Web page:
During the first night of the conference, in a sea of hundreds of Latin American Jews, I saw a man giving me the “don’t-I-know-you?” look.
“Are you Jean-Paul Joseph’s daughter?” he asked.
I quickly recognized him as one of our family friends from the community in San Salvador. Both of our faces lit up and we gave each other the warmest hug. He pulled me through the crowd towards more friends from the community. Standing with them was the former Rabbi of the community, who officiated the wedding of my sister and brother-in-law four years ago at the San Salvador synagogue (the building that was my father’s childhood home before it became a synagogue). Within moments of seeing these familiar faces, I went from being an American traveling alongside a few peers to being a member of an integrated, global community.
Although my parents decided in 1979 to leave El Salvador, I was impressed to learn throughout the Encuentro just how many families, when faced with similar decisions across Latin America, decided to stay. Despite challenging political situations and shrinking communities, those Jewish families that stayed, I realized, have vibrant Jewish identities.
The young professionals I got to meet are all actively involved in their local Jewish cultural and sports centers (referred to as Hebraica, Club, and Hillel depending on the country), and many know each other from competing as kids in the Panamerican Maccabi Games and Leatid, JDC’s Jewish leadership training program. Almost everyone speaks Hebrew, and though most are not observant, they always eat at home on Friday nights for a family Shabbat. Most impressive was discovering that most of them will say that they feel Jewish before they feel whatever nationality they are.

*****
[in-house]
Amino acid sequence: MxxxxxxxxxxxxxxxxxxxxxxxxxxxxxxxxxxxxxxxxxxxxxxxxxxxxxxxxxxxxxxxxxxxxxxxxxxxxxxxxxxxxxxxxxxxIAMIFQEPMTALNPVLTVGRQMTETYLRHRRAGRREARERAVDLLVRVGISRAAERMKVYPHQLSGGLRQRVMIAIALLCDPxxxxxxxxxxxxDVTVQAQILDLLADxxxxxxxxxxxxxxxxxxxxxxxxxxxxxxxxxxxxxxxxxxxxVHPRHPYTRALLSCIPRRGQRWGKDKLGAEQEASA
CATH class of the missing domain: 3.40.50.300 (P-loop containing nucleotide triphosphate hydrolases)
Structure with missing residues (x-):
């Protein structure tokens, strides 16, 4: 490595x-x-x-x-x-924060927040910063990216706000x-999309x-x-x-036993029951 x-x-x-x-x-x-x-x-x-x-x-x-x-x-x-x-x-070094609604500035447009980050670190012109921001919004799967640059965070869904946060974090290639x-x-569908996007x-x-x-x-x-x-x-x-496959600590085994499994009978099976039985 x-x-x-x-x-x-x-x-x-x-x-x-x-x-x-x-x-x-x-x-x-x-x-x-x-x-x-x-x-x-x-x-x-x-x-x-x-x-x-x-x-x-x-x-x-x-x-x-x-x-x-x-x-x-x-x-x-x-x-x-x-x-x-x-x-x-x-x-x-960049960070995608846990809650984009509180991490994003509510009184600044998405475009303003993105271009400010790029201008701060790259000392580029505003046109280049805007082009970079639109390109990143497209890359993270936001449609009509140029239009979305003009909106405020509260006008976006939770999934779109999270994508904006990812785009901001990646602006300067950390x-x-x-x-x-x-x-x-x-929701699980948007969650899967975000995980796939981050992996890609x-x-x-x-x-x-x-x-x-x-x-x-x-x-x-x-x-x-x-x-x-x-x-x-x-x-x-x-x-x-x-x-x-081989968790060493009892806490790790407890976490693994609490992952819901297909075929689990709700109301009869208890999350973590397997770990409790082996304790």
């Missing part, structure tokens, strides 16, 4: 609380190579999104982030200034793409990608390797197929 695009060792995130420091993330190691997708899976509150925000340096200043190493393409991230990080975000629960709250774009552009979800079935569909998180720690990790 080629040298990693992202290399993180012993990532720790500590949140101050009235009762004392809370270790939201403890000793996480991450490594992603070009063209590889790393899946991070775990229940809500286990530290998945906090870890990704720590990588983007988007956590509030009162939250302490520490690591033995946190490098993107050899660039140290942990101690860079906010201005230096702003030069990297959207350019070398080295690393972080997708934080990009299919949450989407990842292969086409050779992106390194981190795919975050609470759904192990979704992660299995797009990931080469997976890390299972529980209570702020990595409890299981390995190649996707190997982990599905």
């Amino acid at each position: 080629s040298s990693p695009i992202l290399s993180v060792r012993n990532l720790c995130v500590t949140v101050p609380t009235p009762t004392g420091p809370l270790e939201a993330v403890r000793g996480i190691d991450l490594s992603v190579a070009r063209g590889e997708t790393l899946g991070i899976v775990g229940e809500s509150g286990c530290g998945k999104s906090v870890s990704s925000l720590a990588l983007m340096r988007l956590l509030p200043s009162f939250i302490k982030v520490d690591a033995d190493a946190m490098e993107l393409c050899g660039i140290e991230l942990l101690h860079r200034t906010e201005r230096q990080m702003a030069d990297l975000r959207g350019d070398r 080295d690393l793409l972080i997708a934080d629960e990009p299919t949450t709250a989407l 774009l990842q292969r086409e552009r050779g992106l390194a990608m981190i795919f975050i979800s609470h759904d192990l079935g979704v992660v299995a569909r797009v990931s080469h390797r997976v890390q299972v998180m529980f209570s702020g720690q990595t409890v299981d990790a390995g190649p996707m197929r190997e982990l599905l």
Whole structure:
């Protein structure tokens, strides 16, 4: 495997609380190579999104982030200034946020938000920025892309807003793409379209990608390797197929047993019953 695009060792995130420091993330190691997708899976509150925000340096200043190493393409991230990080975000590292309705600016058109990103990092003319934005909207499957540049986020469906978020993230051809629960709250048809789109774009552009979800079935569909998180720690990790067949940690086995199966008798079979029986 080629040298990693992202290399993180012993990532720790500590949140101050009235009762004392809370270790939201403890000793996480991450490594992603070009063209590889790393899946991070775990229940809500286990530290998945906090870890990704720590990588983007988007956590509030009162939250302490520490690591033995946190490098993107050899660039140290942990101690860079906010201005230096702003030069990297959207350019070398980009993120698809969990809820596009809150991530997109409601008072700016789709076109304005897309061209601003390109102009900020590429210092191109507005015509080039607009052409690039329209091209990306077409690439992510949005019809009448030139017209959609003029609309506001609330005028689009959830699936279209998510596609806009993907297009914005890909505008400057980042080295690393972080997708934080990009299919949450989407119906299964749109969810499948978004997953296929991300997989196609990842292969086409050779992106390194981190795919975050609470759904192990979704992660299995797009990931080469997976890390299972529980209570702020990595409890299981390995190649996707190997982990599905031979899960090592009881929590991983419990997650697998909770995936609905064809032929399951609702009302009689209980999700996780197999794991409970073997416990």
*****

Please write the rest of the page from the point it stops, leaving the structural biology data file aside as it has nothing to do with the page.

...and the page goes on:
The New York City metropolitan area is home to the largest Jewish community outside Israel, and I certainly recognize that the experience that I had growing up was very different than the experience the friends I made in Quito had as Jews growing up in Latin America. However, it was reassuring to discover that Jewish communities so physically far apart are still very closely connected and alike. Perhaps because of the obstacles the Latin American communities face, they work a little harder to maintain the very Jewish identities that in New York seem prevalent and easy to enrich.
The week in Quito – like my first trip to see JDC’s work in Cuba through JDC Entwine – was an incredible opportunity to develop an entirely new perspective and appreciation for the culture and community that is the setting of so much of my family history. I nurtured old family friendships from El Salvador, and at the same time, developed new and independent ones of my own with friends my age from Argentina to Venezuela to Brazil. The experience gave context to decisions my parents made for my family’s future before I was even born, brought to life stories told to me of another place and time – and most of all, made the memory of my father vibrant.
Talia Joseph, a marketing professional for the Ad Council and fiction writer, lives in New York City.